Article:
Handbag on National Tour

Mark Ravenhill's Handbag (or The Importance of Being Someone) proves a disappointing successor to Shopping and F***ing. Part of the problem is that it feels a little too familiar - the characters are drawn from the same gene pool of arrested adolescents, and there's the same tendency towards action that will, depending on your disposition, either shock or convince you that this is crucial 90s drama. Even aspects of Shopping's staging are repeated - the use of loud, clubbers' anthems to punctuate the scenes, for instance.

In many ways, Handbag is a more coherent play than Shopping, but ultimately its whole is less impactful than Shopping's more fragmented parts. Handbag has at its core a baby conceived by a gay man and a lesbian to be the lucky child of four doting parents. Needless to say, things don't turn out quite so rosy.

The ramifications of the birth are contrasted with the actions and attitudes of Victorians - characters from Wilde's The Importance of Being Earnest. This choice of contrast is a curious one. Is it even a contrast when both sets of characters seem to exemplify bad parenting? In the modern story, Tom and Mauretta are both pretty committed to parenting, but their respective partners David and Suzanne are both on the verge of shagging rough trade as the labour pains start. Amongst the Wildean set, Moncrieff seeks sanctuary from his offspring in the billiards room while Constance struggles to 'bond' with her own flesh and blood.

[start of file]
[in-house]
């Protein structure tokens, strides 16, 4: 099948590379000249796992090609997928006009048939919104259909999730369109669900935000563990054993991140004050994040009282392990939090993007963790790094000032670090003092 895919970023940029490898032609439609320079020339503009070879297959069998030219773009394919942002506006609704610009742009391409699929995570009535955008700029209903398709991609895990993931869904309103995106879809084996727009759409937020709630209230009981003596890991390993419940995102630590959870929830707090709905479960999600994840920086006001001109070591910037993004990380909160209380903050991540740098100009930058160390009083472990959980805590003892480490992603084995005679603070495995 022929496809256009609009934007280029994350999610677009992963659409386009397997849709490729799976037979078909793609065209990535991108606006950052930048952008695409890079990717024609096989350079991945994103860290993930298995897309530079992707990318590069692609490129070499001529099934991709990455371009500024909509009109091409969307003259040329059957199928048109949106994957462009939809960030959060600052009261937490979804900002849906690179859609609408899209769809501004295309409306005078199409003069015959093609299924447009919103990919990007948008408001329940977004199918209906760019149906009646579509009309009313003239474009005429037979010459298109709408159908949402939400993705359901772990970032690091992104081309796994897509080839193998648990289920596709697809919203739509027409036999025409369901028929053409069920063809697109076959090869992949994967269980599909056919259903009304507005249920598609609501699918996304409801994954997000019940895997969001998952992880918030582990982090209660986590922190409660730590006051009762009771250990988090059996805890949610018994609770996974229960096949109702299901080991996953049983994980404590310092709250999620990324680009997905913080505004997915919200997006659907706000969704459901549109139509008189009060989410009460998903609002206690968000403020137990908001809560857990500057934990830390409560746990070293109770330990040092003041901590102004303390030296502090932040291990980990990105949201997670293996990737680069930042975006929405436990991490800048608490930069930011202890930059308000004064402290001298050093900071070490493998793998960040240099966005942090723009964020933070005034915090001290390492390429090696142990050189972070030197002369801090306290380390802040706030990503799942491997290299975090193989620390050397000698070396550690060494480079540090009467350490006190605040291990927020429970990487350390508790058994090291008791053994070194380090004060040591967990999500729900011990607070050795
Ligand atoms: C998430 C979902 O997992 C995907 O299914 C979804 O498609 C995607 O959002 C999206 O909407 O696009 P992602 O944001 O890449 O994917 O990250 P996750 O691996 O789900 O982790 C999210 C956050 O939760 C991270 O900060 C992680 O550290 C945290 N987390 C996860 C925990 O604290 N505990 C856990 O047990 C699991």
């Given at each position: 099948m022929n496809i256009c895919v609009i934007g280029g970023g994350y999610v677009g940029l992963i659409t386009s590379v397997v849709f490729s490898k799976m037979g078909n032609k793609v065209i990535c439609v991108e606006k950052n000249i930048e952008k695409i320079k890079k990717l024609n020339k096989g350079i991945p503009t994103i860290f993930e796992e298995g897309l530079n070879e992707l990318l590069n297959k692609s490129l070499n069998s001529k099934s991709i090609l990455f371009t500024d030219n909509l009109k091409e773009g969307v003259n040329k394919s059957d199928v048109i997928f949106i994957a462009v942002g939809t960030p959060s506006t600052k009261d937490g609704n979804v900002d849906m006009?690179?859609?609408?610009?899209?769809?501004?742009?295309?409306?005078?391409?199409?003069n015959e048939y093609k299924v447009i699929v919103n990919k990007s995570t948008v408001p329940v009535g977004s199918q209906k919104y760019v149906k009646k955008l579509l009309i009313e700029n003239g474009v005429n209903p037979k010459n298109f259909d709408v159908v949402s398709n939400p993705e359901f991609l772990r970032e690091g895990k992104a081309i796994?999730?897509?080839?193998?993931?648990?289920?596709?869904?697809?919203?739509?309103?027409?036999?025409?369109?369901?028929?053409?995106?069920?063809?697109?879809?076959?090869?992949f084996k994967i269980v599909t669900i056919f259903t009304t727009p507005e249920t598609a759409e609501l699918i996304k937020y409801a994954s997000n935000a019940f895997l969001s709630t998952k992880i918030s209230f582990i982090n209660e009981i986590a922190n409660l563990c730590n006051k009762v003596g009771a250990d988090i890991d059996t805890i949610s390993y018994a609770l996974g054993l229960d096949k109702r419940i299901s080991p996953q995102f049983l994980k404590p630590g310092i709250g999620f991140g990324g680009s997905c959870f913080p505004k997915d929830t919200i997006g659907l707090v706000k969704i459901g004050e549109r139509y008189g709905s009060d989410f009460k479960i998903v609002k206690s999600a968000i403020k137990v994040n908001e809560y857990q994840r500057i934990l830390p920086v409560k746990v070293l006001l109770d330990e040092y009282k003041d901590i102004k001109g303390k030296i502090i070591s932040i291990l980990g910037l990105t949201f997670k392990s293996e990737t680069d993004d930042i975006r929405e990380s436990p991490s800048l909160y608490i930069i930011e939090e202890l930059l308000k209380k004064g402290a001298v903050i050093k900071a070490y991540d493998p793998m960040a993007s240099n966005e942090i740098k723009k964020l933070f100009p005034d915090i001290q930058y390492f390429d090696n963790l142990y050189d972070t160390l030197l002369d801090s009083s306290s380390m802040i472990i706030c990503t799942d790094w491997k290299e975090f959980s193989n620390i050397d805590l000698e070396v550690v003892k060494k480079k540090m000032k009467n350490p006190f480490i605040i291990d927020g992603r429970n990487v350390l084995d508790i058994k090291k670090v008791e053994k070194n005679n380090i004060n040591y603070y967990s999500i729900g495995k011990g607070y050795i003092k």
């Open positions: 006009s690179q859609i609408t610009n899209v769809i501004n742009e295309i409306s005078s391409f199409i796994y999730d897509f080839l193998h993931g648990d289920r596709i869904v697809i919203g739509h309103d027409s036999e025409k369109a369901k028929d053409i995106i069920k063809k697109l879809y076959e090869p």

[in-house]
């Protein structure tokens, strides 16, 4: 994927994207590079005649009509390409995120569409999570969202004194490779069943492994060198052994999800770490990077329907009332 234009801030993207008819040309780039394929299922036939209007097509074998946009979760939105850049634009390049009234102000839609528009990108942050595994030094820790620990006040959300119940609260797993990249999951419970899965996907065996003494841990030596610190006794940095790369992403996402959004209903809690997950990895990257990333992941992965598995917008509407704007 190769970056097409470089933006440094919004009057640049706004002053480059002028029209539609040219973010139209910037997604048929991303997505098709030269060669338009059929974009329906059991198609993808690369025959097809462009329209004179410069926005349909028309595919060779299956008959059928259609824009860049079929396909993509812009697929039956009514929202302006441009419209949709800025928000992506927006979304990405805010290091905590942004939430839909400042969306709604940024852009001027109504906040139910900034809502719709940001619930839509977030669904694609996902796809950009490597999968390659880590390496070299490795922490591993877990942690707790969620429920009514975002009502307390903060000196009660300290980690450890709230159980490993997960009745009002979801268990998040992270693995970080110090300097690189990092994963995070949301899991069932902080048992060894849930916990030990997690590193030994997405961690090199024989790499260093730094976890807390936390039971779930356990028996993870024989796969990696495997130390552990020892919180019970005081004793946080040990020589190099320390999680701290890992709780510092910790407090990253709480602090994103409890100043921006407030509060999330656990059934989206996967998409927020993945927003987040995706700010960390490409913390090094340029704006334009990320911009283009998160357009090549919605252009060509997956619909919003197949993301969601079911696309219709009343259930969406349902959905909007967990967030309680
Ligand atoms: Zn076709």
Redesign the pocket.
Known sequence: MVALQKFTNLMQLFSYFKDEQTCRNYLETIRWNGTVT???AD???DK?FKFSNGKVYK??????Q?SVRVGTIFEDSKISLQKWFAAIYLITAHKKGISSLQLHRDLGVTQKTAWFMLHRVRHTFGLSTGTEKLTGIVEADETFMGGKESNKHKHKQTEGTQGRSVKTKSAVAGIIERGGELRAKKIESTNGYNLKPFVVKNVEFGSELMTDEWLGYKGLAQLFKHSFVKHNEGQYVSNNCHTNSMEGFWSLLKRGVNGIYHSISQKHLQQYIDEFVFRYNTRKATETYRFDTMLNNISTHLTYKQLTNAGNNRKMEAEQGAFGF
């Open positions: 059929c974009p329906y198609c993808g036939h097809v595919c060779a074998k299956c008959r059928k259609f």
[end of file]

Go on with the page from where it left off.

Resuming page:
In both eras, and through most characters, Ravenhill finds ways to tell us that you have to grow beyond your own selfish needs to be a good parent. This is hardly an earthshattering revelation and a far less interesting thesis than the idea of relationships as transactions which underpinned Shopping. Ultimately, Handbag feels rather too much like 'S & F 2: They're back and they're having babies!!!'

I'm also disturbed by the negative depiction of gay characters in Handbag. Is it likely that, having gone to the extreme complications of conceiving a child, those involved would lose interest so quickly? One thing is sure - if ever there was a play to promote gay parenting, this isn't it.

Handbag is gripping enough to watch, although the word 'entertaining' does not spring to mind. It is exceptionally well acted with some very effective double-playing by most of the cast. Faith Flint as Lorraine/Prism especially impresses.

Still, all in all, despite a certain degree of comedy, Handbag is unremittingly black. Like Shopping, it leaves you with a feeling of desperate emptiness. This time however, it's due not only to the lack of humanity revealed by the characters but the lack of ingenuity demonstrated by the playwright.

Justin Somper